Friday, January 31, 2020

Efficiency Is The Opposite, or, A Walk In The Woods


utilizing a particular commodity or product with the least waste of resources or effort (usually used in combination): a fuel-efficient engine.


Along with other dramatic life changes, I've been doing an inordinate amount of backpacking this past year. I've spent most of my time in the greater Klamath Mountain Ranges, trekking through the Marble Mountains, Trinity Alps, Siskiyous, Russian and a few others.

Anyway, on one of my solo hikes in the Trinity Alps, I ran into a couple brothers who had a mule team bring up their "80 pounds each of ultralight gear," as I gently chided them.

One was in finance and one was in Medical Technology, as the money guy. Smart, socially conscious, moderate Democrats interested in the debates, clearly solid family guys.

Anyway, we get to talking about politics and the economy, as you do when you see another human for the first time in a day and have time and a little whiskey with you.

The medical brother was discussing the efficiency of producing their products in Asia, and I made some reasonable rebuttal about the corrosive nature of wage arbitrage, but it wasn't quite right.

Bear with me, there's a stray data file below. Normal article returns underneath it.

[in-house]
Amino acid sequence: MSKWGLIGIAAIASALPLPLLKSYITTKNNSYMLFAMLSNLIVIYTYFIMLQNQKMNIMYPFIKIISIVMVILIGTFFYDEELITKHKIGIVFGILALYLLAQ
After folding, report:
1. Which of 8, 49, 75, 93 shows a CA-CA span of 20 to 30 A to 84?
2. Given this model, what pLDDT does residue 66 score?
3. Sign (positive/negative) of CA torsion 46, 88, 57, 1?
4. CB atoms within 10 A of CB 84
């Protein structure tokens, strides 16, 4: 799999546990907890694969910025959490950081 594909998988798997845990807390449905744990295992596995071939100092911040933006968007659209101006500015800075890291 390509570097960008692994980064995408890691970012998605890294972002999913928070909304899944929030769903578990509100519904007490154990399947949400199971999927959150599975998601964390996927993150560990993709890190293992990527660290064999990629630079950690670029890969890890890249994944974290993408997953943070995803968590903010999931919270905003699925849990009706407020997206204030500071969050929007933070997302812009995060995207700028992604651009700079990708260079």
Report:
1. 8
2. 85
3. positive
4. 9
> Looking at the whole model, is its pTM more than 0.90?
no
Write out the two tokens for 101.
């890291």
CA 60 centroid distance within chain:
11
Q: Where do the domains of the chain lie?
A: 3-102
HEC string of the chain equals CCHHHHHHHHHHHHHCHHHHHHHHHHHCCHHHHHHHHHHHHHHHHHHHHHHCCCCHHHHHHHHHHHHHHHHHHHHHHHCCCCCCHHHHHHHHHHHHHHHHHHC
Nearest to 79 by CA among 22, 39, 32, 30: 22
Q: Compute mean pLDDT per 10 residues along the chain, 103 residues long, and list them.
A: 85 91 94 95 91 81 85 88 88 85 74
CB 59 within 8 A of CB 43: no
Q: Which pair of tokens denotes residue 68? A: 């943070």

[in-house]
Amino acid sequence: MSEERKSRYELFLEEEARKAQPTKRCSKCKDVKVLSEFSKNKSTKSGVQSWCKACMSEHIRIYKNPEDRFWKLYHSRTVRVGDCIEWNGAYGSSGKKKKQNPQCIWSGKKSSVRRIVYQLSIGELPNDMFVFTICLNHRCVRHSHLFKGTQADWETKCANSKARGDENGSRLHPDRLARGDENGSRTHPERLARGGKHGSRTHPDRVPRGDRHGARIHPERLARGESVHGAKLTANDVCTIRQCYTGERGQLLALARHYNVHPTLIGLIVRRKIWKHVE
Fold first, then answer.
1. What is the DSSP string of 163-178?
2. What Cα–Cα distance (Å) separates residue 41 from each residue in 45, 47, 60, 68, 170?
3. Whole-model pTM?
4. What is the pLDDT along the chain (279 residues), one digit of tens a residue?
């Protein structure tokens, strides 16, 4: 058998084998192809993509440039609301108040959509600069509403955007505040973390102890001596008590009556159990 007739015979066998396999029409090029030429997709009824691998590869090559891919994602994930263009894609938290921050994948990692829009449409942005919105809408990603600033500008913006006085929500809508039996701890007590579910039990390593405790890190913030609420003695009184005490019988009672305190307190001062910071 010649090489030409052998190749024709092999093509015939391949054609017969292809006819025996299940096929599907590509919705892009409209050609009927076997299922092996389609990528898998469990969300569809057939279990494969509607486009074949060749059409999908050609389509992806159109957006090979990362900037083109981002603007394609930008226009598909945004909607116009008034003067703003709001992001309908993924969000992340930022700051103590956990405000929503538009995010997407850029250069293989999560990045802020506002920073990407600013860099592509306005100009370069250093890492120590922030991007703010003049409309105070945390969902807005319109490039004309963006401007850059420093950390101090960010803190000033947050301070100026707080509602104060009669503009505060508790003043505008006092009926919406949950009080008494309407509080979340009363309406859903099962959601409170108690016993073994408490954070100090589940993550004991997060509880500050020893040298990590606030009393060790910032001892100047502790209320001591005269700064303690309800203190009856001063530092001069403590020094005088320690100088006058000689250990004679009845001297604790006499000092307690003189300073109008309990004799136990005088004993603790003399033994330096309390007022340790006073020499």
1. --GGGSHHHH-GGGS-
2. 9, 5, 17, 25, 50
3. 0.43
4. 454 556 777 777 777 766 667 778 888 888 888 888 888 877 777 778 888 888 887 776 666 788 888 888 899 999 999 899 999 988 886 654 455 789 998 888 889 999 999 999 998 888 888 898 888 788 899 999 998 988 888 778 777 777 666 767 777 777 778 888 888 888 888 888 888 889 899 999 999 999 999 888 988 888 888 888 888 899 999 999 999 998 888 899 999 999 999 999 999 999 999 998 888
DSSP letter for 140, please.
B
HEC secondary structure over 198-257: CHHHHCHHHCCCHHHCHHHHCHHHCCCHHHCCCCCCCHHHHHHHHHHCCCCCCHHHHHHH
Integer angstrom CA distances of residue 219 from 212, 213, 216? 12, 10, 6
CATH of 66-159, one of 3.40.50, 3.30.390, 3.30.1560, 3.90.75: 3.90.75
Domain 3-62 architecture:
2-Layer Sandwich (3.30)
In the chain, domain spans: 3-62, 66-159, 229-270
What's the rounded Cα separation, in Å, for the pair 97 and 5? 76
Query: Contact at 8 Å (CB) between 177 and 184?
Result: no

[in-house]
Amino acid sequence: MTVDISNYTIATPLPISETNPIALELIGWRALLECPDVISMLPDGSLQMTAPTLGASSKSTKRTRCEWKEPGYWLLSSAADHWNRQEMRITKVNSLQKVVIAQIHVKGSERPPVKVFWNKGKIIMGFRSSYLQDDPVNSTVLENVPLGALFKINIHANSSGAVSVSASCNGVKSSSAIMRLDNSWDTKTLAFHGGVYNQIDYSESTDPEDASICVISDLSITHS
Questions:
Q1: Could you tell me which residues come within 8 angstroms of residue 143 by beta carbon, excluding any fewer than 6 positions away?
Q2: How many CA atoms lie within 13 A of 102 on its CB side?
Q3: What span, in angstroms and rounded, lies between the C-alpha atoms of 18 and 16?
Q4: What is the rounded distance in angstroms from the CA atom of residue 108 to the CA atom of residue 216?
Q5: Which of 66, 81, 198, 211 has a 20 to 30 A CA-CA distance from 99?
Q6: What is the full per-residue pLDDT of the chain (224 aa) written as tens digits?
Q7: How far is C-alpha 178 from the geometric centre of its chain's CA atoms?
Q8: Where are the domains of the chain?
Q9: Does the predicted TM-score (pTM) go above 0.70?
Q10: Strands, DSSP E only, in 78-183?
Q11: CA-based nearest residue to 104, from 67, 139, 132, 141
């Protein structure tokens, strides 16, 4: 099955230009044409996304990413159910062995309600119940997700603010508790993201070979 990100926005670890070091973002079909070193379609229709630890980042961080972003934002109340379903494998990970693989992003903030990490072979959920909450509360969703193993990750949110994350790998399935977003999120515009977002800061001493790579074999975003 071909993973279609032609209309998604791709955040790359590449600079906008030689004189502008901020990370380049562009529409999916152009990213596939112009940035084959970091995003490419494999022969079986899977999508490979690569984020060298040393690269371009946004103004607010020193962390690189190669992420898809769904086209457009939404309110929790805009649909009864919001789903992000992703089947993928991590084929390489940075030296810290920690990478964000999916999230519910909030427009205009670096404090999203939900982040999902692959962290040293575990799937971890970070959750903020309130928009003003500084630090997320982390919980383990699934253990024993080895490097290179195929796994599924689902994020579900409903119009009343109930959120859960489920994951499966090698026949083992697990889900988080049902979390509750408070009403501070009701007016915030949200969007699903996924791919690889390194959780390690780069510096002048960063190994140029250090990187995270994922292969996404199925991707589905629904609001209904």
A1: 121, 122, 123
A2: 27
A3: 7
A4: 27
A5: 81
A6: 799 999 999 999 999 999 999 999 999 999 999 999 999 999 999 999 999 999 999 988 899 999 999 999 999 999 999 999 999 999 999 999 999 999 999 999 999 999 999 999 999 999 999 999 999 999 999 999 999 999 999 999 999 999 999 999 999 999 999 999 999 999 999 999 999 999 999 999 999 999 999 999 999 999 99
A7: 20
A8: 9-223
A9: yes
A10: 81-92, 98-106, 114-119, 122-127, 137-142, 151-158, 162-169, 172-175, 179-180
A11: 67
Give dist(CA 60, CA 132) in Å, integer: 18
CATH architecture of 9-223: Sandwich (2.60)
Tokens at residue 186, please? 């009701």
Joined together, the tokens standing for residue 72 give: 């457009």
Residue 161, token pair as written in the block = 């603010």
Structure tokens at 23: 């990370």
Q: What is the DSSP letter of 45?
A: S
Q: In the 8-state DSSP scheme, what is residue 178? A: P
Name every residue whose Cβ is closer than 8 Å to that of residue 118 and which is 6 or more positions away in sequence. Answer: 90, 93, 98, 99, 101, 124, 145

So as I walked silently through the wilderness for the next seven hours, I really pondered what bothered me about the efficiency argument.

It brought me back a memory of an old article from Cnu's Sewing Circle about money as an illusion, a literally not real thing we choose to collectively accept - with a long history of this acceptance failing when it stops matching reality.

Here's what the people who run the world mean when they talk about efficiency. They mean that we will burn the planet to the ground for a few extra pennies. I'm not being dramatic.

Let's say you have a WIDGET, made in America.  It costs $15 to make; $2 for overhead, $2 for materials, $3 for energy and shipping, $8 for labor. Sells for $20, $5 profit.

Here's the sick, universally accepted version of efficiency:

$2 for overhead, $2 for materials, $8 for energy and shipping, $2 for labor (non-US). Sells for $20, $6 profit.

What we have done is allow a 20% increase in profits for the owners, Elimination of jobs (and spending) in the US, and a 166% increase in literally burning up the atmosphere and our finite oil supply.

Except my example is unfortunately too generous. It's really done for fractions of these results, like this:

$2 for overhead, $2 for materials, $8.95 for energy and shipping, $2 for labor (non-US). Sells for $19.99, $5.04 profit.

This is considered a necessary "efficiency." We rely on tenuous supply lines, eliminate the vast majority of income and spending power at home, and triple our carbon footprint to enrich a minority of asset owners to make fractional gains. Since they are leveraging their money by many multiples, these 1% "efficiency" increases still have the desired 30% return.

Nice guys, but we were deep in the woods, and even I needed a few more hours of hiking to get there.

"efficiency" should revert to a more classical meaning in our thoughts and actions.